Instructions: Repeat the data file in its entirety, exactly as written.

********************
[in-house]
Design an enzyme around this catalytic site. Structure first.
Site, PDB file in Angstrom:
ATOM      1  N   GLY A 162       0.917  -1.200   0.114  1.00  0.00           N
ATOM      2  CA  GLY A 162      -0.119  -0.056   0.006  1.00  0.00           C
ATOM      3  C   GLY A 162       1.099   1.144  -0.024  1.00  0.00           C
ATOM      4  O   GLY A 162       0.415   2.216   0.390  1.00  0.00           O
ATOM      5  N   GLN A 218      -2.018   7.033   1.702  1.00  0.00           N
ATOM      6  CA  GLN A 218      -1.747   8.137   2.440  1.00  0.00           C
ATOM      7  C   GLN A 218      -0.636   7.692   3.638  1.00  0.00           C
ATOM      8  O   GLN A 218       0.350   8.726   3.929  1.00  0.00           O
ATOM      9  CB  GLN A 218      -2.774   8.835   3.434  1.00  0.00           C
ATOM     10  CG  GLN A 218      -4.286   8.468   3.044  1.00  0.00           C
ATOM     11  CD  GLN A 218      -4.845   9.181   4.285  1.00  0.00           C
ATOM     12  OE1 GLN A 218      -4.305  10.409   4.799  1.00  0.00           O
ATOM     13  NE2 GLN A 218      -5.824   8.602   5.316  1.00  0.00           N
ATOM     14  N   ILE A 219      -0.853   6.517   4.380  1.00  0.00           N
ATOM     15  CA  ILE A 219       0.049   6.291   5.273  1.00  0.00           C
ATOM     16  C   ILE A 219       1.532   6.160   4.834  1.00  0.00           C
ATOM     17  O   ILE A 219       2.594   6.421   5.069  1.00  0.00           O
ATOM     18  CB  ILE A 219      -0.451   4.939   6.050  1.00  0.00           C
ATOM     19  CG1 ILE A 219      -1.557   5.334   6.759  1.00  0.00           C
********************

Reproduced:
[in-house]
Design an enzyme around this catalytic site. Structure first.
Site, PDB file in Angstrom:
ATOM      1  N   GLY A 162       0.917  -1.200   0.114  1.00  0.00           N
ATOM      2  CA  GLY A 162      -0.119  -0.056   0.006  1.00  0.00           C
ATOM      3  C   GLY A 162       1.099   1.144  -0.024  1.00  0.00           C
ATOM      4  O   GLY A 162       0.415   2.216   0.390  1.00  0.00           O
ATOM      5  N   GLN A 218      -2.018   7.033   1.702  1.00  0.00           N
ATOM      6  CA  GLN A 218      -1.747   8.137   2.440  1.00  0.00           C
ATOM      7  C   GLN A 218      -0.636   7.692   3.638  1.00  0.00           C
ATOM      8  O   GLN A 218       0.350   8.726   3.929  1.00  0.00           O
ATOM      9  CB  GLN A 218      -2.774   8.835   3.434  1.00  0.00           C
ATOM     10  CG  GLN A 218      -4.286   8.468   3.044  1.00  0.00           C
ATOM     11  CD  GLN A 218      -4.845   9.181   4.285  1.00  0.00           C
ATOM     12  OE1 GLN A 218      -4.305  10.409   4.799  1.00  0.00           O
ATOM     13  NE2 GLN A 218      -5.824   8.602   5.316  1.00  0.00           N
ATOM     14  N   ILE A 219      -0.853   6.517   4.380  1.00  0.00           N
ATOM     15  CA  ILE A 219       0.049   6.291   5.273  1.00  0.00           C
ATOM     16  C   ILE A 219       1.532   6.160   4.834  1.00  0.00           C
ATOM     17  O   ILE A 219       2.594   6.421   5.069  1.00  0.00           O
ATOM     18  CB  ILE A 219      -0.451   4.939   6.050  1.00  0.00           C
ATOM     19  CG1 ILE A 219      -1.557   5.334   6.759  1.00  0.00           C